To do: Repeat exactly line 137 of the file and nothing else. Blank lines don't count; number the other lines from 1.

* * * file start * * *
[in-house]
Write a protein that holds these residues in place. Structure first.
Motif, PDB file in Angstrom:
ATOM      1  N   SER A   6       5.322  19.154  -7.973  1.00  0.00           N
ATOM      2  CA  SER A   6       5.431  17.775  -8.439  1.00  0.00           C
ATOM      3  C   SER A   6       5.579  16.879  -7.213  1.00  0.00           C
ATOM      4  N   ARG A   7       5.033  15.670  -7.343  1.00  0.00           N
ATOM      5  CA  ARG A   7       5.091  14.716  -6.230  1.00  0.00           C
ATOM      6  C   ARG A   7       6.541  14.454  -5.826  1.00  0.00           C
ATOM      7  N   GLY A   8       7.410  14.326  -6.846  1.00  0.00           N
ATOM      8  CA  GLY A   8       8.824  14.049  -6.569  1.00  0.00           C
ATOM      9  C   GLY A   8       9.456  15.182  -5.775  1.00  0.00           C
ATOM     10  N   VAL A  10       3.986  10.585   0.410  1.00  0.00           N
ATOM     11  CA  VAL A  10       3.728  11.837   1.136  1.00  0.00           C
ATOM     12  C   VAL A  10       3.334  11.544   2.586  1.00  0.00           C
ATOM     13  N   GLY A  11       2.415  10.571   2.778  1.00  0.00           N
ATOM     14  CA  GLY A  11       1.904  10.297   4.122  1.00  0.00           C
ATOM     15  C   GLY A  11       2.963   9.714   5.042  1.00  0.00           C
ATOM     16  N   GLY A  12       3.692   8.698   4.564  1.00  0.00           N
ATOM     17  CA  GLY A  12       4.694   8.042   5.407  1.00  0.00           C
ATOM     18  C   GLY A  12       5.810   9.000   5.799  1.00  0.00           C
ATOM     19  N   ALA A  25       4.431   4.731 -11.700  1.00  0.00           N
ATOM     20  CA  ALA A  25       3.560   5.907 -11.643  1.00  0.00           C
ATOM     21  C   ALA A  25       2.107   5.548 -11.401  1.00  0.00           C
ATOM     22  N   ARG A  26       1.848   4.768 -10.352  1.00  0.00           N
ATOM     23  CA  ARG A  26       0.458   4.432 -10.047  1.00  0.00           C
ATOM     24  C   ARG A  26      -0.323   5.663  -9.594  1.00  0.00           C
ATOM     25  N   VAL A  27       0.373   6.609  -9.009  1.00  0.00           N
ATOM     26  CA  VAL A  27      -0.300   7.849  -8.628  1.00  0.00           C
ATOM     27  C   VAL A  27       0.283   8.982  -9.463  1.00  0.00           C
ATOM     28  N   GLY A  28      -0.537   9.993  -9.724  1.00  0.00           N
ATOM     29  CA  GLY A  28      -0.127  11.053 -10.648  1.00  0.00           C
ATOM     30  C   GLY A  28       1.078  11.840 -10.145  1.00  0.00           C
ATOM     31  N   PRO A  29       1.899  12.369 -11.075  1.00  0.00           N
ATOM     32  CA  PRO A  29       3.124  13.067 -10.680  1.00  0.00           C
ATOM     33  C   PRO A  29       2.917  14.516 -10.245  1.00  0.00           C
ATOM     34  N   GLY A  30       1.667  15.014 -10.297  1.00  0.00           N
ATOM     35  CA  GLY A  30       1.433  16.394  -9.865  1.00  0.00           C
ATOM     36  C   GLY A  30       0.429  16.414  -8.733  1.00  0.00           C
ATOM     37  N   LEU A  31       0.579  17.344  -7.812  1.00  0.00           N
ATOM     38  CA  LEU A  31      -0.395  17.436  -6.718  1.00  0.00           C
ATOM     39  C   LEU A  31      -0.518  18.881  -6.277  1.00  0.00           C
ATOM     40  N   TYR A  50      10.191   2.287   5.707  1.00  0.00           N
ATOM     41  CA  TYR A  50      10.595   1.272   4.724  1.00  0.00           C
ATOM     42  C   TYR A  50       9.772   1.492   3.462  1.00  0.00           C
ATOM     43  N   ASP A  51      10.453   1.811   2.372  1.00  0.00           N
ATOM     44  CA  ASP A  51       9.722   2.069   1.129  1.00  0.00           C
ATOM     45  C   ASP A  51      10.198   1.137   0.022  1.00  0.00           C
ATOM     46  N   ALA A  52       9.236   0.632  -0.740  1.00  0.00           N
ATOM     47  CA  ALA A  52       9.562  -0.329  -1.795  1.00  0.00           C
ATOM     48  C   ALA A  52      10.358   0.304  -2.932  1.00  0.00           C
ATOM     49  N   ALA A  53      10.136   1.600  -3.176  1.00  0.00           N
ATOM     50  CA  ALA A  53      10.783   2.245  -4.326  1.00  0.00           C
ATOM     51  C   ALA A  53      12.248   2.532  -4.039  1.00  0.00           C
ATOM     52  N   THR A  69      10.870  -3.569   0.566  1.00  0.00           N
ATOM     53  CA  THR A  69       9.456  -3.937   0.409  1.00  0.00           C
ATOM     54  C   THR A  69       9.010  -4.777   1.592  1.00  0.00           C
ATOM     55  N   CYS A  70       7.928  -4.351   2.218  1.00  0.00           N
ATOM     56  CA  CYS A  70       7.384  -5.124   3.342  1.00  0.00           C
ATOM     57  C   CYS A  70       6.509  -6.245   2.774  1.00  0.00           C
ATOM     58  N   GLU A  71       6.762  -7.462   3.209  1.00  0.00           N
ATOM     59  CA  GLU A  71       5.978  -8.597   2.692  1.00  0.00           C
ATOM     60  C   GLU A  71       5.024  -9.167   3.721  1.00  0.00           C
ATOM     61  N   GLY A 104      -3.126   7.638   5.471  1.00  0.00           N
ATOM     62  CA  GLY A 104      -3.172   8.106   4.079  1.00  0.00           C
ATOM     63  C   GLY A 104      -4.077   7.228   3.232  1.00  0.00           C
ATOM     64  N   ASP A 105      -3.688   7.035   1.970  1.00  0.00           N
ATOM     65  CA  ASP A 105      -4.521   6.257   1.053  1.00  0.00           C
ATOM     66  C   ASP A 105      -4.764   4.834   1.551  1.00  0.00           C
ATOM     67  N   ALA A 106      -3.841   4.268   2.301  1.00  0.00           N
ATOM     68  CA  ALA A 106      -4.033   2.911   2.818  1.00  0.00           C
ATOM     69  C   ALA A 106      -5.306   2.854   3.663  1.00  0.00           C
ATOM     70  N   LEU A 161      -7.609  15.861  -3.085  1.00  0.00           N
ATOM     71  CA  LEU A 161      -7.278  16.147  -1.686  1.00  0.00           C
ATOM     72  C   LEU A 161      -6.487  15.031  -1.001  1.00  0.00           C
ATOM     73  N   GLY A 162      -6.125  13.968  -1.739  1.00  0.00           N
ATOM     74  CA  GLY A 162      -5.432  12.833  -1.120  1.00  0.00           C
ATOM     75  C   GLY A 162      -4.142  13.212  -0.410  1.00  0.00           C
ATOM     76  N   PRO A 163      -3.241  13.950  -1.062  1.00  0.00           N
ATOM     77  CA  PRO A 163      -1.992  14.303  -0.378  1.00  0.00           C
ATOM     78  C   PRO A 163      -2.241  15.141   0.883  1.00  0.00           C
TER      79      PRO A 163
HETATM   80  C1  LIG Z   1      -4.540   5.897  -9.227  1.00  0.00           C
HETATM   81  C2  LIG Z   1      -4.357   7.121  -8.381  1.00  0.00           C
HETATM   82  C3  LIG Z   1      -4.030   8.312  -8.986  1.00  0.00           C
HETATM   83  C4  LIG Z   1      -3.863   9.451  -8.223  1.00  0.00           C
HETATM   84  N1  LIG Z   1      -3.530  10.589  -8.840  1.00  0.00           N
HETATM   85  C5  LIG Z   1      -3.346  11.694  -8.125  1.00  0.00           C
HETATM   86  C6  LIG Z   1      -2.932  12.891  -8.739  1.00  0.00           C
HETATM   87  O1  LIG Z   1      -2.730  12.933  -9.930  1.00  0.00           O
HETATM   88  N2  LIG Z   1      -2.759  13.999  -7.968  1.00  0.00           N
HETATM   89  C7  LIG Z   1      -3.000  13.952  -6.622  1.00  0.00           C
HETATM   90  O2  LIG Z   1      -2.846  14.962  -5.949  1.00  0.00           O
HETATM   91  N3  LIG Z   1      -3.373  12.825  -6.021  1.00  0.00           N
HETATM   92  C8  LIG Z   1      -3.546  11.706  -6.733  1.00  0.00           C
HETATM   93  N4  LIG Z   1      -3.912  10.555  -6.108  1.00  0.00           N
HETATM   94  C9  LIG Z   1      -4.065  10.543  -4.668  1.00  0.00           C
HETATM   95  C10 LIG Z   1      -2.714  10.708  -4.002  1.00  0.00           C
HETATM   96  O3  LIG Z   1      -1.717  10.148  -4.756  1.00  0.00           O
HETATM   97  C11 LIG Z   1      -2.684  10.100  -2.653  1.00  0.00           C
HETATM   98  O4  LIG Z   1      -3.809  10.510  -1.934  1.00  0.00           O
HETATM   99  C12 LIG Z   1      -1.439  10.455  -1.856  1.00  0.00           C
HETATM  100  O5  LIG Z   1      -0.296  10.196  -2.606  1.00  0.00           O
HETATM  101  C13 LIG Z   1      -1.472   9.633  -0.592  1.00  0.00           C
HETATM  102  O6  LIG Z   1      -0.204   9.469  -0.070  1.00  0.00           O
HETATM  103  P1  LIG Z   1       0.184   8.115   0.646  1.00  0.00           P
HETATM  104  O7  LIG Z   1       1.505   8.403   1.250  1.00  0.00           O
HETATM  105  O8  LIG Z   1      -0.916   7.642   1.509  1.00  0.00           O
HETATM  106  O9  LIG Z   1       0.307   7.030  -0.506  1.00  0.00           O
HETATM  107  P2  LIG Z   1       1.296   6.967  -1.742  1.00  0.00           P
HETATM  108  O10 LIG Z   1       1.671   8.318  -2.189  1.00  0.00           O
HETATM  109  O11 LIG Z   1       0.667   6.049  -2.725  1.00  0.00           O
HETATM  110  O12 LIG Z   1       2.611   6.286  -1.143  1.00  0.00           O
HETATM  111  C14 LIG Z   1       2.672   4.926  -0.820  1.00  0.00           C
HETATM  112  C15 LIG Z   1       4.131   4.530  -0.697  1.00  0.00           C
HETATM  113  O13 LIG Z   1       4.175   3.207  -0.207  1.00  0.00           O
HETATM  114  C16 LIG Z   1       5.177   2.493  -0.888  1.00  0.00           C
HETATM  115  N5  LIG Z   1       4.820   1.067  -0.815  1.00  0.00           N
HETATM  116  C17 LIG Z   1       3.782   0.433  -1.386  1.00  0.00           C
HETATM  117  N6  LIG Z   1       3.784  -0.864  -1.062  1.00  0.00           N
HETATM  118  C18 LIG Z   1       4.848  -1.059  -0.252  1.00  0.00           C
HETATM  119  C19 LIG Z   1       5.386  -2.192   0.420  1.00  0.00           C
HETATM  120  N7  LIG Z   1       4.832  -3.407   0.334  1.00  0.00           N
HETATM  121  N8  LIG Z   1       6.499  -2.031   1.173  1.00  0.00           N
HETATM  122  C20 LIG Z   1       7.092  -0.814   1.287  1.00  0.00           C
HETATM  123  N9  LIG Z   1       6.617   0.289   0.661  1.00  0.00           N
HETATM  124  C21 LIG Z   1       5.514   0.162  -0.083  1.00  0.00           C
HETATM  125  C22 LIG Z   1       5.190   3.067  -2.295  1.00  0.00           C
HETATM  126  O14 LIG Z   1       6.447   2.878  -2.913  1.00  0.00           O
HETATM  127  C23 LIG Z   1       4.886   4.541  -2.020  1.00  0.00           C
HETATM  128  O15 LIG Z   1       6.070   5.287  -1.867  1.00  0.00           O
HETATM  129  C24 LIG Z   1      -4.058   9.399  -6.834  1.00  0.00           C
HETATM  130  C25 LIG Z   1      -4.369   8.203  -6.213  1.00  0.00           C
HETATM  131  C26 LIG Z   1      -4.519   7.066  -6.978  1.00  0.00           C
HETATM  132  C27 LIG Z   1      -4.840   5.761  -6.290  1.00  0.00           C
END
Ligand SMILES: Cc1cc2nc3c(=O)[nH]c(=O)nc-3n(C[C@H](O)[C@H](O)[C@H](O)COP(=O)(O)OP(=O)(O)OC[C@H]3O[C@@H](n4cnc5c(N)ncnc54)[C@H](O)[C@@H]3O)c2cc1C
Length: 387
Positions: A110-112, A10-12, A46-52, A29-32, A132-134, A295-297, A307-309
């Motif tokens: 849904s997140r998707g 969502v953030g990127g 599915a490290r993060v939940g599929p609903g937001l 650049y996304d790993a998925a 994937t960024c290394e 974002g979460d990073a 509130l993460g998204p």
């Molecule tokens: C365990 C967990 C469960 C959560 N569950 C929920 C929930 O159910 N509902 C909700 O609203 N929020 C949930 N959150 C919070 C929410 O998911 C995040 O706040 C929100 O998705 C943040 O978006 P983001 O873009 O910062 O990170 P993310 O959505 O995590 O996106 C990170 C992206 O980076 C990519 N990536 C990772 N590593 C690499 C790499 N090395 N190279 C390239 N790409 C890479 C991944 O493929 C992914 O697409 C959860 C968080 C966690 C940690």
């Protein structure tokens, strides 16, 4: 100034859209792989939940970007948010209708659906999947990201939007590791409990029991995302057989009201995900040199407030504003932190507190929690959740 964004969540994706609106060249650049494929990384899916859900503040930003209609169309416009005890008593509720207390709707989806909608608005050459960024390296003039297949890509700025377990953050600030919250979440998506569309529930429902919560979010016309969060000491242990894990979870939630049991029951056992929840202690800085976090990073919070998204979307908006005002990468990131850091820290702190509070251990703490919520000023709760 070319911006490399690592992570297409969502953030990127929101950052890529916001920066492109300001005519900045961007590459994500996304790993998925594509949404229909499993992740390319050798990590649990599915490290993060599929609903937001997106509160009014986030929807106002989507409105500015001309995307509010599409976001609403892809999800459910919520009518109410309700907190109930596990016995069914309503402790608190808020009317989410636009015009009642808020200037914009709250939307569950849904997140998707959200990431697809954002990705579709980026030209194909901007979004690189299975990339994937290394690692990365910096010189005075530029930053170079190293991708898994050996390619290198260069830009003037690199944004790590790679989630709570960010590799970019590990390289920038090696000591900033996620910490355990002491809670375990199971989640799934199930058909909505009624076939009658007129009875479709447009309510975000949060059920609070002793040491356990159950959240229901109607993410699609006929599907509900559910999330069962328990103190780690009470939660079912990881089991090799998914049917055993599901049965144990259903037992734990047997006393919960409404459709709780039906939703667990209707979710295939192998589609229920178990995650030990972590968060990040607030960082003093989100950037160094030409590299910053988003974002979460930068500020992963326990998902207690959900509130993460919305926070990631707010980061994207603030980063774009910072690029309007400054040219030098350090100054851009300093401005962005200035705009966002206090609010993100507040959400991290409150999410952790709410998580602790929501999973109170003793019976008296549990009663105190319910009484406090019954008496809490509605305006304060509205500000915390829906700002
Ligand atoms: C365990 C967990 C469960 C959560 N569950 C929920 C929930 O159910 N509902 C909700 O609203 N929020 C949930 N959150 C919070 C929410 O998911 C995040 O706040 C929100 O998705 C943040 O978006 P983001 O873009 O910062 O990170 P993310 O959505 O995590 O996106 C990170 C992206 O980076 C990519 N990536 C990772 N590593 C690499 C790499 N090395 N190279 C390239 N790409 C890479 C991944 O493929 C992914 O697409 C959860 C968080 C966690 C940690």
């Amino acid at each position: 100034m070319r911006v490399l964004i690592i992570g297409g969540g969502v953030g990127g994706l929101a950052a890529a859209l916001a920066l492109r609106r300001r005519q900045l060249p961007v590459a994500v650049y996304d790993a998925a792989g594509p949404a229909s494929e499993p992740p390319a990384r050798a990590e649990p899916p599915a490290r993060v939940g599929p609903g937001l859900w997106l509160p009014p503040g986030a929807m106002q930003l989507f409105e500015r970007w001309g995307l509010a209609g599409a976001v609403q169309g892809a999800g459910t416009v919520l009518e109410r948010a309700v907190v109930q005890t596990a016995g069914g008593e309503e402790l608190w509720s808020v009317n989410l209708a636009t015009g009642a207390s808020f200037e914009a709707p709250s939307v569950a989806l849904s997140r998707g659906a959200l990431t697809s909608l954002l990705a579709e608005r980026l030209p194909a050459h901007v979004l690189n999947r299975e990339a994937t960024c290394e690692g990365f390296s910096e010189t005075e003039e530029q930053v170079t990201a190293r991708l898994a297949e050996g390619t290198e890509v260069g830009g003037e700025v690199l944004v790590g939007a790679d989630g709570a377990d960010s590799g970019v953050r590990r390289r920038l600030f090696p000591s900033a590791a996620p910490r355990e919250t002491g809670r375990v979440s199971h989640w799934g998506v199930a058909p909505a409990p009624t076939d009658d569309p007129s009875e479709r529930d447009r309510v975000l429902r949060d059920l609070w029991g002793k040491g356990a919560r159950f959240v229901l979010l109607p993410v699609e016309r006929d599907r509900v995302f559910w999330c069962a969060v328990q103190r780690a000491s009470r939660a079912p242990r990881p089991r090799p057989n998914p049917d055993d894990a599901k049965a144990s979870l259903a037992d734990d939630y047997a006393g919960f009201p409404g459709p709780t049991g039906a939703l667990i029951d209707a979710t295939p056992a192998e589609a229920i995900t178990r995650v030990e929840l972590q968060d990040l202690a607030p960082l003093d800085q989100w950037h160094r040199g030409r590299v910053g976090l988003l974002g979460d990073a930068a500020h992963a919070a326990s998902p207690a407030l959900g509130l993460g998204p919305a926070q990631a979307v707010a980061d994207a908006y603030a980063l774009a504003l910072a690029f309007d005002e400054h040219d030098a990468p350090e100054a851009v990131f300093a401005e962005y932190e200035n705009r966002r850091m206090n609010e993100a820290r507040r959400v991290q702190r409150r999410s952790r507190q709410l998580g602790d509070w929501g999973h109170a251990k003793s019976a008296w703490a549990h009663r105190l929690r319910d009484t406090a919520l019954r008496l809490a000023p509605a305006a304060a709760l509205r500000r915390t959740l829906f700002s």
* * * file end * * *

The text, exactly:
Ligand SMILES: Cc1cc2nc3c(=O)[nH]c(=O)nc-3n(C[C@H](O)[C@H](O)[C@H](O)COP(=O)(O)OP(=O)(O)OC[C@H]3O[C@@H](n4cnc5c(N)ncnc54)[C@H](O)[C@@H]3O)c2cc1C